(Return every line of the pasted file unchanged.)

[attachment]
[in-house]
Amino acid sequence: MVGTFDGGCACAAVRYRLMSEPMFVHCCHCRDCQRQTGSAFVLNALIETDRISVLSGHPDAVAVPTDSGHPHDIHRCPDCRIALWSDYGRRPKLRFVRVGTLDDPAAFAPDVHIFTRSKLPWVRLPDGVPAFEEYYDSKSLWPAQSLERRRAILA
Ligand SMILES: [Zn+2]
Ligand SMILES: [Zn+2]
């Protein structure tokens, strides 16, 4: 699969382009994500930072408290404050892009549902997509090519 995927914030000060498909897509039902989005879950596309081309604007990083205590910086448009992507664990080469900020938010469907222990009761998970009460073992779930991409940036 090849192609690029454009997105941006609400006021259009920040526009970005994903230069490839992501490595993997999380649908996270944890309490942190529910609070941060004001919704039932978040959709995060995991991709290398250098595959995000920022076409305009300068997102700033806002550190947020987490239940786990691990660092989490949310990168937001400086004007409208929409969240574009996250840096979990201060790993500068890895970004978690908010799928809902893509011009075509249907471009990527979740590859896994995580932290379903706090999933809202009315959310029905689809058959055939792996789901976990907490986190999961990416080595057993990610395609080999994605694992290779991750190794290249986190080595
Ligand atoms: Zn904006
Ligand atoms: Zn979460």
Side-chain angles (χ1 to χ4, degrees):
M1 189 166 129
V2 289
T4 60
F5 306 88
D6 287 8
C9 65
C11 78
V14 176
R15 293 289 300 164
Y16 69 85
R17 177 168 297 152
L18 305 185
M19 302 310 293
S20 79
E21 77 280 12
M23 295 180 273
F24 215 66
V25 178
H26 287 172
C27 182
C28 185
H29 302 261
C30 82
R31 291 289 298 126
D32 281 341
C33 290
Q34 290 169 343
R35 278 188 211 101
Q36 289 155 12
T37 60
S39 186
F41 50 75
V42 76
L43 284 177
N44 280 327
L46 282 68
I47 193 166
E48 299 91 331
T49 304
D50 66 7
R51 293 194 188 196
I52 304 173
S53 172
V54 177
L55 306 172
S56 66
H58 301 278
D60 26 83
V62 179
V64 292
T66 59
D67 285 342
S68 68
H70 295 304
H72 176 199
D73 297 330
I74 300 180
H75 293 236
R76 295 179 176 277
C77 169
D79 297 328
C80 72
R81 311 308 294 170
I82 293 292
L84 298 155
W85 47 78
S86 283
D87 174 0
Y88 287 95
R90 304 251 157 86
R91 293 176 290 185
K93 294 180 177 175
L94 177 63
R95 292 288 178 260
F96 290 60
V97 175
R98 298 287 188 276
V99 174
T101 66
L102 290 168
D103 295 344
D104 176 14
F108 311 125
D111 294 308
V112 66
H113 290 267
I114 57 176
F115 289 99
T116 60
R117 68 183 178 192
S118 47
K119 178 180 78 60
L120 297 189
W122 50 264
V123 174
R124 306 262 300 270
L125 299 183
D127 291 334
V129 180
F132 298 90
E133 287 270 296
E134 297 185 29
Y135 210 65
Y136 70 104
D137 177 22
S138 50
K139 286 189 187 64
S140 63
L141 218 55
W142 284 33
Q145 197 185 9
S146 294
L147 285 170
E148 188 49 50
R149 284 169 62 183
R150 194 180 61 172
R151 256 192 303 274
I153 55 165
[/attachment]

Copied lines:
[in-house]
Amino acid sequence: MVGTFDGGCACAAVRYRLMSEPMFVHCCHCRDCQRQTGSAFVLNALIETDRISVLSGHPDAVAVPTDSGHPHDIHRCPDCRIALWSDYGRRPKLRFVRVGTLDDPAAFAPDVHIFTRSKLPWVRLPDGVPAFEEYYDSKSLWPAQSLERRRAILA
Ligand SMILES: [Zn+2]
Ligand SMILES: [Zn+2]
């Protein structure tokens, strides 16, 4: 699969382009994500930072408290404050892009549902997509090519 995927914030000060498909897509039902989005879950596309081309604007990083205590910086448009992507664990080469900020938010469907222990009761998970009460073992779930991409940036 090849192609690029454009997105941006609400006021259009920040526009970005994903230069490839992501490595993997999380649908996270944890309490942190529910609070941060004001919704039932978040959709995060995991991709290398250098595959995000920022076409305009300068997102700033806002550190947020987490239940786990691990660092989490949310990168937001400086004007409208929409969240574009996250840096979990201060790993500068890895970004978690908010799928809902893509011009075509249907471009990527979740590859896994995580932290379903706090999933809202009315959310029905689809058959055939792996789901976990907490986190999961990416080595057993990610395609080999994605694992290779991750190794290249986190080595
Ligand atoms: Zn904006
Ligand atoms: Zn979460």
Side-chain angles (χ1 to χ4, degrees):
M1 189 166 129
V2 289
T4 60
F5 306 88
D6 287 8
C9 65
C11 78
V14 176
R15 293 289 300 164
Y16 69 85
R17 177 168 297 152
L18 305 185
M19 302 310 293
S20 79
E21 77 280 12
M23 295 180 273
F24 215 66
V25 178
H26 287 172
C27 182
C28 185
H29 302 261
C30 82
R31 291 289 298 126
D32 281 341
C33 290
Q34 290 169 343
R35 278 188 211 101
Q36 289 155 12
T37 60
S39 186
F41 50 75
V42 76
L43 284 177
N44 280 327
L46 282 68
I47 193 166
E48 299 91 331
T49 304
D50 66 7
R51 293 194 188 196
I52 304 173
S53 172
V54 177
L55 306 172
S56 66
H58 301 278
D60 26 83
V62 179
V64 292
T66 59
D67 285 342
S68 68
H70 295 304
H72 176 199
D73 297 330
I74 300 180
H75 293 236
R76 295 179 176 277
C77 169
D79 297 328
C80 72
R81 311 308 294 170
I82 293 292
L84 298 155
W85 47 78
S86 283
D87 174 0
Y88 287 95
R90 304 251 157 86
R91 293 176 290 185
K93 294 180 177 175
L94 177 63
R95 292 288 178 260
F96 290 60
V97 175
R98 298 287 188 276
V99 174
T101 66
L102 290 168
D103 295 344
D104 176 14
F108 311 125
D111 294 308
V112 66
H113 290 267
I114 57 176
F115 289 99
T116 60
R117 68 183 178 192
S118 47
K119 178 180 78 60
L120 297 189
W122 50 264
V123 174
R124 306 262 300 270
L125 299 183
D127 291 334
V129 180
F132 298 90
E133 287 270 296
E134 297 185 29
Y135 210 65
Y136 70 104
D137 177 22
S138 50
K139 286 189 187 64
S140 63
L141 218 55
W142 284 33
Q145 197 185 9
S146 294
L147 285 170
E148 188 49 50
R149 284 169 62 183
R150 194 180 61 172
R151 256 192 303 274
I153 55 165